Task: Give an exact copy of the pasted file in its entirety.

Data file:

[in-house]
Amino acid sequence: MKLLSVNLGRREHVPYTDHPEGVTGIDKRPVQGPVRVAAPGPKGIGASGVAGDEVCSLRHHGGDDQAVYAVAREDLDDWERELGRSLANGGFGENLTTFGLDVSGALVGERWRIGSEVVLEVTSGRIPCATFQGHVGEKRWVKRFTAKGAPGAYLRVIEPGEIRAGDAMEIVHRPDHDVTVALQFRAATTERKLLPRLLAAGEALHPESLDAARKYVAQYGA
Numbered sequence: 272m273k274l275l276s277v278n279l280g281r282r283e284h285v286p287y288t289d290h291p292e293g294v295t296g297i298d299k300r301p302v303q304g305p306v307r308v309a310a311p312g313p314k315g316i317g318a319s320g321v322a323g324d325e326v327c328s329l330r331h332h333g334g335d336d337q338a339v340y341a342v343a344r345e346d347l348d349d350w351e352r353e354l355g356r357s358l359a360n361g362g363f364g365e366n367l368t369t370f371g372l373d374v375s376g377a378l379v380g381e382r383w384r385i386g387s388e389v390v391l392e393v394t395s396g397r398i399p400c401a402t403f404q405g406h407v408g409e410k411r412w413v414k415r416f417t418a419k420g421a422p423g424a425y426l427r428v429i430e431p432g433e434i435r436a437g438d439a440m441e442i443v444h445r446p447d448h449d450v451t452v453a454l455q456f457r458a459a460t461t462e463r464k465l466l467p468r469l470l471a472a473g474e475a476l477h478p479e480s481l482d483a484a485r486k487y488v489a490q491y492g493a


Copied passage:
[in-house]
Amino acid sequence: MKLLSVNLGRREHVPYTDHPEGVTGIDKRPVQGPVRVAAPGPKGIGASGVAGDEVCSLRHHGGDDQAVYAVAREDLDDWERELGRSLANGGFGENLTTFGLDVSGALVGERWRIGSEVVLEVTSGRIPCATFQGHVGEKRWVKRFTAKGAPGAYLRVIEPGEIRAGDAMEIVHRPDHDVTVALQFRAATTERKLLPRLLAAGEALHPESLDAARKYVAQYGA
Numbered sequence: 272m273k274l275l276s277v278n279l280g281r282r283e284h285v286p287y288t289d290h291p292e293g294v295t296g297i298d299k300r301p302v303q304g305p306v307r308v309a310a311p312g313p314k315g316i317g318a319s320g321v322a323g324d325e326v327c328s329l330r331h332h333g334g335d336d337q338a339v340y341a342v343a344r345e346d347l348d349d350w351e352r353e354l355g356r357s358l359a360n361g362g363f364g365e366n367l368t369t370f371g372l373d374v375s376g377a378l379v380g381e382r383w384r385i386g387s388e389v390v391l392e393v394t395s396g397r398i399p400c401a402t403f404q405g406h407v408g409e410k411r412w413v414k415r416f417t418a419k420g421a422p423g424a425y426l427r428v429i430e431p432g433e434i435r436a437g438d439a440m441e442i443v444h445r446p447d448h449d450v451t452v453a454l455q456f457r458a459a460t461t462e463r464k465l466l467p468r469l470l471a472a473g474e475a476l477h478p479e480s481l482d483a484a485r486k487y488v489a490q491y492g493a